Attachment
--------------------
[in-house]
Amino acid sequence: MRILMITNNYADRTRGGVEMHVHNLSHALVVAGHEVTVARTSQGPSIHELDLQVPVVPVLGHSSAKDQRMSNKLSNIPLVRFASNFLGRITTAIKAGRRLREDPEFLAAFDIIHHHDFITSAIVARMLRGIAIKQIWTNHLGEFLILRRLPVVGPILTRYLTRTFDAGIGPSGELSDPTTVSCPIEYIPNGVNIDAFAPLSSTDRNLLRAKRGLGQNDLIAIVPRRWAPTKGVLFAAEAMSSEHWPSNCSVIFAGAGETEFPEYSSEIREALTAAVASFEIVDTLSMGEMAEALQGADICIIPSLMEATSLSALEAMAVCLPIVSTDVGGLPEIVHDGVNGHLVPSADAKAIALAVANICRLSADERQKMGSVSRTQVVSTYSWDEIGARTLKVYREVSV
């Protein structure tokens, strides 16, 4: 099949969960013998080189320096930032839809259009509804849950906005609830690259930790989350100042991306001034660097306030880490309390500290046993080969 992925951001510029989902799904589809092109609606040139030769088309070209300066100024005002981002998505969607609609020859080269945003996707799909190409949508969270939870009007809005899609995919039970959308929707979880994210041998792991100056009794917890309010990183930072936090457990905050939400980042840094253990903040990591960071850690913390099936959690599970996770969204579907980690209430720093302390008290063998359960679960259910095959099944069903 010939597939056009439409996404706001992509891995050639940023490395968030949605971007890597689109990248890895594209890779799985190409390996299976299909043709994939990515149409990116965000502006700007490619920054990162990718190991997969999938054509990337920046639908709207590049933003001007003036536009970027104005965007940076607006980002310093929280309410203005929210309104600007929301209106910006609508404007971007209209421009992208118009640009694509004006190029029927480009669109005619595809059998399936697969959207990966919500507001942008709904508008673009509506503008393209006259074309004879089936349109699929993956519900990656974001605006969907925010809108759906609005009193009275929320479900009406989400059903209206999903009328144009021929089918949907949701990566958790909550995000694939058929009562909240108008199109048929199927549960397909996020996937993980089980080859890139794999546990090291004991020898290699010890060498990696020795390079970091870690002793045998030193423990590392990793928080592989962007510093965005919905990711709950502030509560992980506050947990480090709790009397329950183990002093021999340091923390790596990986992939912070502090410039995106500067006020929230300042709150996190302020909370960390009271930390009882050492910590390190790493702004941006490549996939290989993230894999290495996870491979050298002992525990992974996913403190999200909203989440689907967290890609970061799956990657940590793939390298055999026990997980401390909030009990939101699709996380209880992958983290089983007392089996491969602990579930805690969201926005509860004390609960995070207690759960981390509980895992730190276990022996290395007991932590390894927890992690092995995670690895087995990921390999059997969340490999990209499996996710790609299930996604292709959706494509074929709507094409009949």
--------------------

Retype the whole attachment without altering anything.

[in-house]
Amino acid sequence: MRILMITNNYADRTRGGVEMHVHNLSHALVVAGHEVTVARTSQGPSIHELDLQVPVVPVLGHSSAKDQRMSNKLSNIPLVRFASNFLGRITTAIKAGRRLREDPEFLAAFDIIHHHDFITSAIVARMLRGIAIKQIWTNHLGEFLILRRLPVVGPILTRYLTRTFDAGIGPSGELSDPTTVSCPIEYIPNGVNIDAFAPLSSTDRNLLRAKRGLGQNDLIAIVPRRWAPTKGVLFAAEAMSSEHWPSNCSVIFAGAGETEFPEYSSEIREALTAAVASFEIVDTLSMGEMAEALQGADICIIPSLMEATSLSALEAMAVCLPIVSTDVGGLPEIVHDGVNGHLVPSADAKAIALAVANICRLSADERQKMGSVSRTQVVSTYSWDEIGARTLKVYREVSV
């Protein structure tokens, strides 16, 4: 099949969960013998080189320096930032839809259009509804849950906005609830690259930790989350100042991306001034660097306030880490309390500290046993080969 992925951001510029989902799904589809092109609606040139030769088309070209300066100024005002981002998505969607609609020859080269945003996707799909190409949508969270939870009007809005899609995919039970959308929707979880994210041998792991100056009794917890309010990183930072936090457990905050939400980042840094253990903040990591960071850690913390099936959690599970996770969204579907980690209430720093302390008290063998359960679960259910095959099944069903 010939597939056009439409996404706001992509891995050639940023490395968030949605971007890597689109990248890895594209890779799985190409390996299976299909043709994939990515149409990116965000502006700007490619920054990162990718190991997969999938054509990337920046639908709207590049933003001007003036536009970027104005965007940076607006980002310093929280309410203005929210309104600007929301209106910006609508404007971007209209421009992208118009640009694509004006190029029927480009669109005619595809059998399936697969959207990966919500507001942008709904508008673009509506503008393209006259074309004879089936349109699929993956519900990656974001605006969907925010809108759906609005009193009275929320479900009406989400059903209206999903009328144009021929089918949907949701990566958790909550995000694939058929009562909240108008199109048929199927549960397909996020996937993980089980080859890139794999546990090291004991020898290699010890060498990696020795390079970091870690002793045998030193423990590392990793928080592989962007510093965005919905990711709950502030509560992980506050947990480090709790009397329950183990002093021999340091923390790596990986992939912070502090410039995106500067006020929230300042709150996190302020909370960390009271930390009882050492910590390190790493702004941006490549996939290989993230894999290495996870491979050298002992525990992974996913403190999200909203989440689907967290890609970061799956990657940590793939390298055999026990997980401390909030009990939101699709996380209880992958983290089983007392089996491969602990579930805690969201926005509860004390609960995070207690759960981390509980895992730190276990022996290395007991932590390894927890992690092995995670690895087995990921390999059997969340490999990209499996996710790609299930996604292709959706494509074929709507094409009949």